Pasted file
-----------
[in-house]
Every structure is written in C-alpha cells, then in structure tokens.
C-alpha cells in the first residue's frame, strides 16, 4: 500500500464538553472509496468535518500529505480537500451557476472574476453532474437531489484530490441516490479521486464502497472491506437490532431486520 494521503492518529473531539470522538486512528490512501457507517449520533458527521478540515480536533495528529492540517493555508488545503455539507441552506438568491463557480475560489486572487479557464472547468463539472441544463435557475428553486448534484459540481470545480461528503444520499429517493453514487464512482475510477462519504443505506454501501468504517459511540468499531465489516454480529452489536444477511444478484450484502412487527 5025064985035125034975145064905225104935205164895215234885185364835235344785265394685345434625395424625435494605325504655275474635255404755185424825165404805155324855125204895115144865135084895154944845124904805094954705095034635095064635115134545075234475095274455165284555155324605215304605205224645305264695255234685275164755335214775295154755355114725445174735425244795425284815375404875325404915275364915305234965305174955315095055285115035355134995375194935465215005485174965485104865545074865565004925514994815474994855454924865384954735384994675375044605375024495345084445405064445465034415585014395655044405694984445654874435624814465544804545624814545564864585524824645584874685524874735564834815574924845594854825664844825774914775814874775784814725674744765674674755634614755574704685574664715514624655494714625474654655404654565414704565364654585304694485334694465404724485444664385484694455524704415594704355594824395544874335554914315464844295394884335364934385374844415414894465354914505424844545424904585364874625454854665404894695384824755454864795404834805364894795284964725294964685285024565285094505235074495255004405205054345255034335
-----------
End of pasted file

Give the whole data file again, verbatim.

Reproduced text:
[in-house]
Every structure is written in C-alpha cells, then in structure tokens.
C-alpha cells in the first residue's frame, strides 16, 4: 500500500464538553472509496468535518500529505480537500451557476472574476453532474437531489484530490441516490479521486464502497472491506437490532431486520 494521503492518529473531539470522538486512528490512501457507517449520533458527521478540515480536533495528529492540517493555508488545503455539507441552506438568491463557480475560489486572487479557464472547468463539472441544463435557475428553486448534484459540481470545480461528503444520499429517493453514487464512482475510477462519504443505506454501501468504517459511540468499531465489516454480529452489536444477511444478484450484502412487527 5025064985035125034975145064905225104935205164895215234885185364835235344785265394685345434625395424625435494605325504655275474635255404755185424825165404805155324855125204895115144865135084895154944845124904805094954705095034635095064635115134545075234475095274455165284555155324605215304605205224645305264695255234685275164755335214775295154755355114725445174735425244795425284815375404875325404915275364915305234965305174955315095055285115035355134995375194935465215005485174965485104865545074865565004925514994815474994855454924865384954735384994675375044605375024495345084445405064445465034415585014395655044405694984445654874435624814465544804545624814545564864585524824645584874685524874735564834815574924845594854825664844825774914775814874775784814725674744765674674755634614755574704685574664715514624655494714625474654655404654565414704565364654585304694485334694465404724485444664385484694455524704415594704355594824395544874335554914315464844295394884335364934385374844415414894465354914505424844545424904585364874625454854665404894695384824755454864795404834805364894795284964725294964685285024565285094505235074495255004405205054345255034335